The Irish Aviation Authority (IAA) has published guidelines on the use of drones. According to these guidelines, drones used for recreational purposes (weighing < 20kg) are regarded as akin to model aircrafts, and compliance with the Irish Aviation Authority (Rockets and Small Aircraft) Order S.I. 25 of 2000 is required. Controllers do not need to obtain permissions or permits to fly drones and do not need formal piloting qualifications. However, controllers are required to comply with the so-called ‘Rules of the Air’ which include a requirement that special permission must be obtained from the IAA to fly a drone above an urban or built-up area.
Controllers operating drones for other purposes, including commercial, governmental or research purposes must comply with (1) the Aeronautical Notice O.63, (2) the Operations and Advisory Memorandum 02/12, and (3) the ‘Rules of the Air’. Controllers must obtain (1) an ‘aerial works permission’ and (2) a ‘permission to operate a Remotely Piloted Aircraft System (RPAS) in Irish airspace’ from the IAA. Controllers must also hold a private pilots’ license or have completed a training course from an RPAS-approved facility. Non-recreational users are also required to have third party liability insurance.
The aforementioned rules and regulations apply regardless of whether the controller is using the drone over public or private property.
In the absence of pan-European regulations, rules applicable to the operation of drones weighing more than 150kg differ as between member states. Furthermore, national authorisations obtained by controllers of commercial drones do not benefit from mutual recognition, limiting the ability for organisations in different member states to collaborate effectively in the development and operation of drones.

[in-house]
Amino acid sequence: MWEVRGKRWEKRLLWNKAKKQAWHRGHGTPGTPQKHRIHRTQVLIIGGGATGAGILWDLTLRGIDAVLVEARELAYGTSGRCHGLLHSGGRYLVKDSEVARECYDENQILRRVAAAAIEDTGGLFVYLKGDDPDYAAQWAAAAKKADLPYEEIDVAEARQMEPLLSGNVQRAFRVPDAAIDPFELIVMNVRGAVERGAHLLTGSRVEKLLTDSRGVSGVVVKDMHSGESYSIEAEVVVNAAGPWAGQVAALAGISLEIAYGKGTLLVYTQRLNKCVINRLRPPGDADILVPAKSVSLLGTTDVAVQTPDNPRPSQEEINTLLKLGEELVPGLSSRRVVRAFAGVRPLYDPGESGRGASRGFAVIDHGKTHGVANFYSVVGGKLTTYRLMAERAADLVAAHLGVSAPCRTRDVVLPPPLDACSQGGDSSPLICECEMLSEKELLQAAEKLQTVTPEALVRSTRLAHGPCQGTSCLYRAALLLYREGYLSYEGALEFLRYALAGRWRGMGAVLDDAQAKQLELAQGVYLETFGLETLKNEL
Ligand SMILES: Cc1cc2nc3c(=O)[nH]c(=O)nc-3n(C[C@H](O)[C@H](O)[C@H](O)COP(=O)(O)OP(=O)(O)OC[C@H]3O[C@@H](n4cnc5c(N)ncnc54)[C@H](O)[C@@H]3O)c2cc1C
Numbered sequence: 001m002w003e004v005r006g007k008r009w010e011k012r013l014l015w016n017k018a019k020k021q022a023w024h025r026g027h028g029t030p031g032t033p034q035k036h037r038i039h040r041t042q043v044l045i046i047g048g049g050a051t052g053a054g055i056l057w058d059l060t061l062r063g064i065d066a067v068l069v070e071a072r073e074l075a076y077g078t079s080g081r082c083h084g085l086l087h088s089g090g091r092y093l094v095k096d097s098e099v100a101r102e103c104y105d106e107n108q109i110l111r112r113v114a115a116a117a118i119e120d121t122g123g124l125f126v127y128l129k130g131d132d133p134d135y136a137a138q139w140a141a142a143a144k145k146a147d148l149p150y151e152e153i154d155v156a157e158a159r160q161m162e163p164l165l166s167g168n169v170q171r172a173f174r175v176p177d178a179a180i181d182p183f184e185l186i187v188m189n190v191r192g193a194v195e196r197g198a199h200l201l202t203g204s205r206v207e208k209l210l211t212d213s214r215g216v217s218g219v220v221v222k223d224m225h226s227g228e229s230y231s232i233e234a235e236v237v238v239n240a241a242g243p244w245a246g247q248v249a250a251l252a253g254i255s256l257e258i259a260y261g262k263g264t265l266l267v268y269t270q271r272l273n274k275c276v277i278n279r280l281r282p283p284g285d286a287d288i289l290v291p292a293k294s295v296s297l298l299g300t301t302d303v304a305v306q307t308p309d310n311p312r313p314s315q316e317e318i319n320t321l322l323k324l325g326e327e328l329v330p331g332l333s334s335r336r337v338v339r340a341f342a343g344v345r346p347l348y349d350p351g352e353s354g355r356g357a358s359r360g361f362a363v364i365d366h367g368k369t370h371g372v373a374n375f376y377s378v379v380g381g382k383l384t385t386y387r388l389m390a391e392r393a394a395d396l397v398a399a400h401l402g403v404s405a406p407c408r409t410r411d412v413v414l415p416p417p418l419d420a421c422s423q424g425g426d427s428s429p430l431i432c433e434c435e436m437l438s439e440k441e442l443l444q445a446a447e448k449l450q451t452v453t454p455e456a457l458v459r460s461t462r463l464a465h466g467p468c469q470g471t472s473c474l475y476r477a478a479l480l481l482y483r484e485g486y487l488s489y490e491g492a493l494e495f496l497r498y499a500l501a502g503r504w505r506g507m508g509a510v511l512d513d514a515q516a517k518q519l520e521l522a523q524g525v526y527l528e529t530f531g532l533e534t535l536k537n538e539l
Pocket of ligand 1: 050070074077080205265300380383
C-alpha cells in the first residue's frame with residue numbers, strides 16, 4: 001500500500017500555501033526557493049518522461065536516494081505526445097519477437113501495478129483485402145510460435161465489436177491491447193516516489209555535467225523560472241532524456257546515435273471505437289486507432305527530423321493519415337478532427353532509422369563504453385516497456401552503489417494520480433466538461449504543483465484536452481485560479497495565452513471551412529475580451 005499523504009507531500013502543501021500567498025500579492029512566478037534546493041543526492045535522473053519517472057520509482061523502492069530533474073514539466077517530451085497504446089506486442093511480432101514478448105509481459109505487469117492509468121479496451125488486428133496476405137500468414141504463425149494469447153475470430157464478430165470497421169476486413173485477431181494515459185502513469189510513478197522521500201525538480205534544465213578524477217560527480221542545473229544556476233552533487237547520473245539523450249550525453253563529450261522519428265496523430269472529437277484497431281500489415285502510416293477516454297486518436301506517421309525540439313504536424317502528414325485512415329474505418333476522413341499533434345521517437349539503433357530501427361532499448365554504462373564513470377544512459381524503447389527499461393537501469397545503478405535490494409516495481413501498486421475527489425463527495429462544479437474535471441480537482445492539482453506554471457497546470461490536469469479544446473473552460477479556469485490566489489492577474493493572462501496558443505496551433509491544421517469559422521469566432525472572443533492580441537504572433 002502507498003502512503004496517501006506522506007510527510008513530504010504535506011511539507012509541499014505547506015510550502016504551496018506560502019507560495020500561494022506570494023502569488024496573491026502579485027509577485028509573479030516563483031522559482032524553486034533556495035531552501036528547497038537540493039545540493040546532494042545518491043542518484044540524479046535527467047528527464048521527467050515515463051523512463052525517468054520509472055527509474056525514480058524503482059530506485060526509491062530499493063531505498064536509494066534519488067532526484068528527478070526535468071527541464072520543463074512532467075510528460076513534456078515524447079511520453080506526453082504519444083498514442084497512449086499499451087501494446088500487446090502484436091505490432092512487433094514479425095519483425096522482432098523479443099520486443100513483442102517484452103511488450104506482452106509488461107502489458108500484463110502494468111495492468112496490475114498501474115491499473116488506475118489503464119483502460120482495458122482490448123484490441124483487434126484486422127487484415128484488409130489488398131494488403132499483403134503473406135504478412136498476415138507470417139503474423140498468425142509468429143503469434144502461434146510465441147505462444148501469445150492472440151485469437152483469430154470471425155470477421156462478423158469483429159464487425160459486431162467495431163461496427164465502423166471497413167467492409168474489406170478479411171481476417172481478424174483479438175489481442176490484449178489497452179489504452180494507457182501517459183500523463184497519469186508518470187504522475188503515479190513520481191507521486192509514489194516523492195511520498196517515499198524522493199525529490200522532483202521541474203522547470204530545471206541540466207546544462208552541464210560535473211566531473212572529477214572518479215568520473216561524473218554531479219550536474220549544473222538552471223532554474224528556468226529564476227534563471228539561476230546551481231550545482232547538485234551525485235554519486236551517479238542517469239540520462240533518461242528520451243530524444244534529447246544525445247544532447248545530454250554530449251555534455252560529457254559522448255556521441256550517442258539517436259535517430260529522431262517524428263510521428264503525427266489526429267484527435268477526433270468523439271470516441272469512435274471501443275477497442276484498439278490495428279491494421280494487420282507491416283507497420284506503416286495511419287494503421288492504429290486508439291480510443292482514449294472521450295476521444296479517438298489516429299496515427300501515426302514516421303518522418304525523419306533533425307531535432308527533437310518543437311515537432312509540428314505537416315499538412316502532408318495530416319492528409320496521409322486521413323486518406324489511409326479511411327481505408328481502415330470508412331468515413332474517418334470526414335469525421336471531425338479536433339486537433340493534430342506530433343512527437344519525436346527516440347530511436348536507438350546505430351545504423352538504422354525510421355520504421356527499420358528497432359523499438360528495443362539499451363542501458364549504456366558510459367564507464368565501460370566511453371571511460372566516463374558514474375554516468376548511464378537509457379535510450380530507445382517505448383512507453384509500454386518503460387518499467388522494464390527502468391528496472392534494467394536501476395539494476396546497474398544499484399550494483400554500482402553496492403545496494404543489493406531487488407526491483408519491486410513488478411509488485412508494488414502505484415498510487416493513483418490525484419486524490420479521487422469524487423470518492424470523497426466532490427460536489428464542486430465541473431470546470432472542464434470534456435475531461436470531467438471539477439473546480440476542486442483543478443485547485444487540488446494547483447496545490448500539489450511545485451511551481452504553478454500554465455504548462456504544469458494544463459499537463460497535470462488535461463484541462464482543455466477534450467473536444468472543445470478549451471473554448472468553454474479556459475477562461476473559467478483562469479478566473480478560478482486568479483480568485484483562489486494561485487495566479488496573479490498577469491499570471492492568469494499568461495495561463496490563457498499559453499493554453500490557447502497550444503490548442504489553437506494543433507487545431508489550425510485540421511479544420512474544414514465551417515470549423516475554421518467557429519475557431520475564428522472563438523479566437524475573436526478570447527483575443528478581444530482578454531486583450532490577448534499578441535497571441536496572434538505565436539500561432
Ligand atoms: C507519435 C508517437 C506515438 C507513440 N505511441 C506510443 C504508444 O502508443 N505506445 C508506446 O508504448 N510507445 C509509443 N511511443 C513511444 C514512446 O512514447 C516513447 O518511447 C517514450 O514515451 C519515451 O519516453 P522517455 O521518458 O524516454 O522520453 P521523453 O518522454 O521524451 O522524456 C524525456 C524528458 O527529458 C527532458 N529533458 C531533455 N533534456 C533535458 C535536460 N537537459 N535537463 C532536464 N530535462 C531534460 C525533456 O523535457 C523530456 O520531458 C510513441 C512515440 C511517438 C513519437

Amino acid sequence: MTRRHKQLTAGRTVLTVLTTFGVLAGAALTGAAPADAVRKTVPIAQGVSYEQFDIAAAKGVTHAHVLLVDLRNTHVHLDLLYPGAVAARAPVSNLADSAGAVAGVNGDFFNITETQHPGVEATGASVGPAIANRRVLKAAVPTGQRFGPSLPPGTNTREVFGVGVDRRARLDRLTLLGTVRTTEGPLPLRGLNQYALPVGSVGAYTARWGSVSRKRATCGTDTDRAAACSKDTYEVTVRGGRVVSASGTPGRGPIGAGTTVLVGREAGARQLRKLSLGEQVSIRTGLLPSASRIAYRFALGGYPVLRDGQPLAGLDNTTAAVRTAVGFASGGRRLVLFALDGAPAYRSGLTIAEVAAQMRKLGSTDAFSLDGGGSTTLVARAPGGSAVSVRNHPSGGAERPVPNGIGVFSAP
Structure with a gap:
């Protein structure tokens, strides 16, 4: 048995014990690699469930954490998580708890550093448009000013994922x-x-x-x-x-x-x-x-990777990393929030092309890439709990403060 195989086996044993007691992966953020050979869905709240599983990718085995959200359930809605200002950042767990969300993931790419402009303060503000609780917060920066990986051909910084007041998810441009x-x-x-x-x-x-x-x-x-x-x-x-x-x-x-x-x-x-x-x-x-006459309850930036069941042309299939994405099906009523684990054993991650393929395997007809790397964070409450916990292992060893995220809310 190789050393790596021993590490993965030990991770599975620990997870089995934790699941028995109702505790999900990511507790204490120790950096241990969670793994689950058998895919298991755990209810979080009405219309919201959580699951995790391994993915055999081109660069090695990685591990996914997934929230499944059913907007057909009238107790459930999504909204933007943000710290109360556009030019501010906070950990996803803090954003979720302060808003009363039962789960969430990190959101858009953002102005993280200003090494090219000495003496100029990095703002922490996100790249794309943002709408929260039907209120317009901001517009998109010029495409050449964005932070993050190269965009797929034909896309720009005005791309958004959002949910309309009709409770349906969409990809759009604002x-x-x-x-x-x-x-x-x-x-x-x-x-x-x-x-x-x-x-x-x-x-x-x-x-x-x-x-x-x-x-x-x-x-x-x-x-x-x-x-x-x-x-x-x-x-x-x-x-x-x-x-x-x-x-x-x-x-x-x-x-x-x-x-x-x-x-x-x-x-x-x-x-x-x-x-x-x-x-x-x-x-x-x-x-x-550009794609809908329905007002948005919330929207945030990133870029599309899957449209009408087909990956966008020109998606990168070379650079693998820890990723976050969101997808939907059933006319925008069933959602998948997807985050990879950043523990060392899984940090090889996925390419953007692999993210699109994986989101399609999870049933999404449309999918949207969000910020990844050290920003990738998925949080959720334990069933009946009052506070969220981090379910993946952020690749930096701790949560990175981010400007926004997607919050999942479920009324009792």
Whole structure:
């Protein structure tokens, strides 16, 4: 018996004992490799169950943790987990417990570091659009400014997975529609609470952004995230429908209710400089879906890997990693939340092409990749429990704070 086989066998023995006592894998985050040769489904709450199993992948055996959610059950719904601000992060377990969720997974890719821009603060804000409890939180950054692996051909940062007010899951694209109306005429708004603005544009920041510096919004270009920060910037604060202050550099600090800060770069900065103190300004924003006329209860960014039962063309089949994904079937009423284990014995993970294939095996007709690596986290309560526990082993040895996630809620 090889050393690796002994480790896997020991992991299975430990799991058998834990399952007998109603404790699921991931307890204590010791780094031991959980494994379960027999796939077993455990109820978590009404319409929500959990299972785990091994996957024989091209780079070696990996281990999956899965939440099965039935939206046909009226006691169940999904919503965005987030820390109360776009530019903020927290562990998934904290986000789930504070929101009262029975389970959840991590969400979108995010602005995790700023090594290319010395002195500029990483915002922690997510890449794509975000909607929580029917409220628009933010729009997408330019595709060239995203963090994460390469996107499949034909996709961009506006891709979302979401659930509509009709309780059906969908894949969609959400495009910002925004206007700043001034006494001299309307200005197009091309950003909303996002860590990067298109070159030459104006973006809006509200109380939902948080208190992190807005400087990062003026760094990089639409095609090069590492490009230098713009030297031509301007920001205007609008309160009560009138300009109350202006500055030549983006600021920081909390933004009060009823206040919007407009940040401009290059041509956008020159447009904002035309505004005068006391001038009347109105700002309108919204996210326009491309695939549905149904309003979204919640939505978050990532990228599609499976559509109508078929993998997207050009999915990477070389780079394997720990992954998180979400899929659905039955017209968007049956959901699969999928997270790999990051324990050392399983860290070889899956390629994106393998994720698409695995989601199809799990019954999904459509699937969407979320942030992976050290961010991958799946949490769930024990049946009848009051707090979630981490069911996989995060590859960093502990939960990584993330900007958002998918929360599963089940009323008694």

As for drones weighing less than 150kg, as long as national authorities remain responsible for their regulation and in the absence of European guidelines for same, there will be inconsistencies in approach. What’s more, the IAA has admitted that it has no jurisdiction over the data protection, privacy and other concerns associated with the operation of drones.
While attending an event held by the recently established Unmanned Aircraft Association of Ireland, Minister for Transport Pascal Donohoe conceded that while commercial regulations have been in place in Ireland since 2012, these are not sufficient to deal with current considerations.
“There is a real need now within Ireland and within Europe to look at what kind of laws will be needed now and in the future to deal with matters in relation to security, in relation to privacy, and in relation to how different kinds of units will be regulated,” he said.
The market for civil drones is evolving fast and has huge potential. But until the safety concerns and outstanding legal questions surrounding drones are addressed in a proportionate manner by national and European legislation, large-scale development and adoption of drones will be scuppered.
Perhaps the greater challenge lies with seeing how environmental, property and data protection law might need to be adapted in order to meet the challenge that is presented by drones.
For further information contact:
Sarah Jenkinson, Associate